Etude six by Fernando Sor corresponds to Estudio twelve in Segovia’s collection. Harmonically there isn’t anything in this piece that we haven’t already discussed. It is clearly a study in thirds in A major with mainly diatonic harmony other than the occasional use of secondary dominants and some interesting borrowed chords. There is some nice use of chromaticism that occurs as chromatic passing tones between the thirds and as chromatic neighbor notes. As usual Sor uses just enough spice in terms of non-diatonic harmony to keep things interesting. This study is technically one of the most difficult so far because of the constant rapid shifting of the left hand that is required to produce legato thirds on the guitar.
So since we understand the harmony pretty well I thought this might be a good time to introduce some contrapuntal principles. There is one area in particular that serves as an excellent example of a musical passage that is best understood in terms of counterpoint.
Measures thirty-three through forty are best understood as a product of counterpoint and voice-leading rather than as a chord progression or succession. The important thing to notice here is the relationship between the two outer voices as they move through this passage. The upper voice begins on the high A in measure thirty-three and descends step-wise an interval of a minor ninth to the G# in measure forty. At the same time the lower voice begins on C# and descends step-wise an interval of a major seventh to D in measure thirty-eight before ascending chromatically to E in measure forty. The intervals that are formed between the two voices are sixths that move in parallel through measure thirty-eight. When the lower voice changes direction in measure thirty-nine a tritone is formed (D#-A) which then resolves as it normally does to a third (E-G#) in measure forty. To make it more interesting Sor introduces dissonance by incorporating what are known as “seven-six suspensions”. The numbers under the staff refer to the intervals formed between the two outer voices. Since parallel sixths can be rather bland, Sor introduces a nice dissonance (seventh) on beat one of each measure by suspending the note from the previous measure over the bar line forming a seventh that then resolves to a sixth on beat two. In counterpoint, intervals are said to be either consonant or dissonant. Sixths are always considered consonant or pleasing to the ear where as sevenths are considered dissonant or harsh sounding. So under the rules of counterpoint dissonances can be used as long as they are resolved to consonances. This is also the case in measure thirty-nine in which the ultimate dissonance, the tritone, resolves to a third (consonance) in measure forty. It is this interplay of consonance and dissonance that keeps music moving forward in time.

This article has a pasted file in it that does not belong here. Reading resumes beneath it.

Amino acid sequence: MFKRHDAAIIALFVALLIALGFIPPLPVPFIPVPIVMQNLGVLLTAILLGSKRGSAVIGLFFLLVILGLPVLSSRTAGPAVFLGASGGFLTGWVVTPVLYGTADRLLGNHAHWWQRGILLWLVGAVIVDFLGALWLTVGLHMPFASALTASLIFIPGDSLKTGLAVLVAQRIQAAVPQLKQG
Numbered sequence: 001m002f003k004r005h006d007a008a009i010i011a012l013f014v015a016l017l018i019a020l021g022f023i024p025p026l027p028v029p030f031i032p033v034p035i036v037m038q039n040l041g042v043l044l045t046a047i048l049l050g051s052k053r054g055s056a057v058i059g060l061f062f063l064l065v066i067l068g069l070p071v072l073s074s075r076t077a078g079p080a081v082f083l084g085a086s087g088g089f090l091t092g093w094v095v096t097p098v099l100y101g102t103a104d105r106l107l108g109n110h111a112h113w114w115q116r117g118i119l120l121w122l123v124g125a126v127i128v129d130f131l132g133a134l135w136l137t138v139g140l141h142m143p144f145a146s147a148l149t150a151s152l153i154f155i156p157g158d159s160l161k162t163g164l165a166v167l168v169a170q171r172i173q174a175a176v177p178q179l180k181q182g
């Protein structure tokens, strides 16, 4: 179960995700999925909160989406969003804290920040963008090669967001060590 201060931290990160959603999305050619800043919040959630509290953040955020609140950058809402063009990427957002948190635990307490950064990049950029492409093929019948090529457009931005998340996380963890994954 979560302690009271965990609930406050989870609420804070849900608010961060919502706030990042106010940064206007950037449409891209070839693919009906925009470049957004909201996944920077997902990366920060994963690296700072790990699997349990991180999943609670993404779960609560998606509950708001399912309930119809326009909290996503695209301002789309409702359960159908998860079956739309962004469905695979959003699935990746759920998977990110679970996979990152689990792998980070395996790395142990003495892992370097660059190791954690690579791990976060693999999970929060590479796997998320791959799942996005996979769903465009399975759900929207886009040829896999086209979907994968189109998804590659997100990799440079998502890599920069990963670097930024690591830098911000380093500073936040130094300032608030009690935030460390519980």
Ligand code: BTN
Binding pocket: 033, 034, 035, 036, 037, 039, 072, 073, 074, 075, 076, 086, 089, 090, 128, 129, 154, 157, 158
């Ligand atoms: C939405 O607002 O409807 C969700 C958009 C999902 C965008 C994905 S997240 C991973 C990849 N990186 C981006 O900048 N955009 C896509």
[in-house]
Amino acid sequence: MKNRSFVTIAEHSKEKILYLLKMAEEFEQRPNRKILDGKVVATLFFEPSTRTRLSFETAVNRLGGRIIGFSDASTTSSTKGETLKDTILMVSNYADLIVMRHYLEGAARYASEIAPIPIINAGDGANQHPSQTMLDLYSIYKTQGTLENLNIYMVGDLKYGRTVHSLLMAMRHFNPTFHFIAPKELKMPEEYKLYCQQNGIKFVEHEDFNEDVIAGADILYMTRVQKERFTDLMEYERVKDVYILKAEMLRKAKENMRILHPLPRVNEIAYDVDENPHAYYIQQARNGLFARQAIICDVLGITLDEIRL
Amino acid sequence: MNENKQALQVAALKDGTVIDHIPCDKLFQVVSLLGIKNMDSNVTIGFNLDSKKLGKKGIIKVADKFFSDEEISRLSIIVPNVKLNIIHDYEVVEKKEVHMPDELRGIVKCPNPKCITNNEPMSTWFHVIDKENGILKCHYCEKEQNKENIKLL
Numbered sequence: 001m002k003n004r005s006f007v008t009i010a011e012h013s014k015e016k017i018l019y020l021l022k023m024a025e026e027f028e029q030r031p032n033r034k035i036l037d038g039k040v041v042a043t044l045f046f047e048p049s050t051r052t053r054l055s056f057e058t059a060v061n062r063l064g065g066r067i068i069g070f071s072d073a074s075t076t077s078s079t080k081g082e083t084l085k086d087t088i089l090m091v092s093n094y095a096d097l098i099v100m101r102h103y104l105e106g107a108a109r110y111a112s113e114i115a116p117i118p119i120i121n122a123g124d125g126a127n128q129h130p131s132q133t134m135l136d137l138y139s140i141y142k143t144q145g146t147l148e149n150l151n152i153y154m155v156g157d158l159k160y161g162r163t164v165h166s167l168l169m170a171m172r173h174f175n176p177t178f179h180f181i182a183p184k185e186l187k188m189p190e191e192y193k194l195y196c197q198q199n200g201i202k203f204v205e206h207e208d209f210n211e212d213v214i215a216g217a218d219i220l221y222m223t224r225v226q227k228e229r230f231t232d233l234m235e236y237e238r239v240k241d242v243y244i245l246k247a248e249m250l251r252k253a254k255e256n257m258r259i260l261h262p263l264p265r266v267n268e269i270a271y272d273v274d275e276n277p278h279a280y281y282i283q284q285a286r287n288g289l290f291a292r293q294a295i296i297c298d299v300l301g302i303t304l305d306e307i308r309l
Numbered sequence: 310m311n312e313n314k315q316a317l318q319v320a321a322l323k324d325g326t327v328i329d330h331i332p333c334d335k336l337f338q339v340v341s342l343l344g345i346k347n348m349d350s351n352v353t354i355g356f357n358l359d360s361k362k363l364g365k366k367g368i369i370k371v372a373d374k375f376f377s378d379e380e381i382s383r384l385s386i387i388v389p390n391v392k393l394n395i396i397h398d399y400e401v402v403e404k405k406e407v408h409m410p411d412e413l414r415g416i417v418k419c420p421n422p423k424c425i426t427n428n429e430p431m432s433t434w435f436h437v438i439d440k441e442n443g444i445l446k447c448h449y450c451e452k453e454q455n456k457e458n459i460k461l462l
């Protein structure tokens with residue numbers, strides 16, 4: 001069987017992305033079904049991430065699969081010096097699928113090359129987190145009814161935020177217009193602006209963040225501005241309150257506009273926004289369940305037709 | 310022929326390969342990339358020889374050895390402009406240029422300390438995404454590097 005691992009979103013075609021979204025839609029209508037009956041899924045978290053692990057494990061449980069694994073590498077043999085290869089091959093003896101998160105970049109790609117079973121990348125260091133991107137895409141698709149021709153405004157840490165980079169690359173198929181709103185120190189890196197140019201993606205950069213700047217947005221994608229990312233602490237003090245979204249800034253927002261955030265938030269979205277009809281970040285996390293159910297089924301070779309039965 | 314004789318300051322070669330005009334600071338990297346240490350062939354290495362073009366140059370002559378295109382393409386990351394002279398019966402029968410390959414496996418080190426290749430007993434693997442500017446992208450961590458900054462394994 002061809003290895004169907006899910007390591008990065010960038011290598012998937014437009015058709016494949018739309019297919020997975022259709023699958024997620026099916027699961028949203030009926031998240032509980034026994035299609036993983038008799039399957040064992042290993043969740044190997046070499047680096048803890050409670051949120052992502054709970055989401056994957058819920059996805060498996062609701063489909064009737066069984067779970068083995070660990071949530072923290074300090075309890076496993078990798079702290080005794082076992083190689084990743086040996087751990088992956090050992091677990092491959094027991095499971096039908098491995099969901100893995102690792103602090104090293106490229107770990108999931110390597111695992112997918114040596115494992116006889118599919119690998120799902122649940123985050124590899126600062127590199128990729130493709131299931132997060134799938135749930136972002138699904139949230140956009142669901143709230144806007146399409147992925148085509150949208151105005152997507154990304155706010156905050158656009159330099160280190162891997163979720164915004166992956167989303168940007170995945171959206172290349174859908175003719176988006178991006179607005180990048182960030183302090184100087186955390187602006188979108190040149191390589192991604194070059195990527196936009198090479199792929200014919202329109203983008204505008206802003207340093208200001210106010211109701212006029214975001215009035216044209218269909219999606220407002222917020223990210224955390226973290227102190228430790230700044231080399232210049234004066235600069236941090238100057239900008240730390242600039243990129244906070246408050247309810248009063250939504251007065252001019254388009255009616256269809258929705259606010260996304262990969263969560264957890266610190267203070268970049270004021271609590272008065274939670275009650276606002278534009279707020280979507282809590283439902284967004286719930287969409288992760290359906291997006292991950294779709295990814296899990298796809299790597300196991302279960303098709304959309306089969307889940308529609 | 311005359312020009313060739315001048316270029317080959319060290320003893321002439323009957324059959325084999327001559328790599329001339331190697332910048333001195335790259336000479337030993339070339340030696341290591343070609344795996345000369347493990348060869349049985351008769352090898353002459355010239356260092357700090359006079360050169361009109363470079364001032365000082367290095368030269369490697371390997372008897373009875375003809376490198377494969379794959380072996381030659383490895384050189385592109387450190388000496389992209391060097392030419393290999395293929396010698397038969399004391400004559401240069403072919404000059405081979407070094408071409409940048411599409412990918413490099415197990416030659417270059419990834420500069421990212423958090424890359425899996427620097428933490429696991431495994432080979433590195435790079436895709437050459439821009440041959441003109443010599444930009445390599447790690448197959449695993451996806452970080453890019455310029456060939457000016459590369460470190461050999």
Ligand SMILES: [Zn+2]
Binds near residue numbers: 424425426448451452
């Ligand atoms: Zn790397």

Measures forty-nine through sixty-six consist of fundamentally one harmony; the dominant E7 chord. Notice that the E in the upper voice is a pedal point while the thirds in the lower part ascend chromatically from the root and third (E-G#) to the fifth and seventh (B-D) in measure fifty-six. Sor then arpeggiates the E7 chord using chromatic neighbor notes as embellishment in measures fifty-seven through sixty before descending back to the fifth and seventh (B-D) of E7 an octave lower in sixty-four. He introduces some chromaticism and the borrowed (ii) diminished triad for color. Here again if we tried to put chord symbols and a harmonic analysis under each triad or seventh chord as they are formed during this passage it would tell us nothing at all about what is really going on here; a prolongation of one harmony, the dominant. As a reminder; tonic chords with the fifth in the bass (second inversion) that precede dominant (V) harmony are considered dominant chords with a double suspension or appoggiatura.
The two versions of Etude six are included below for your use. This one will take some practice to perfect. Good luck!
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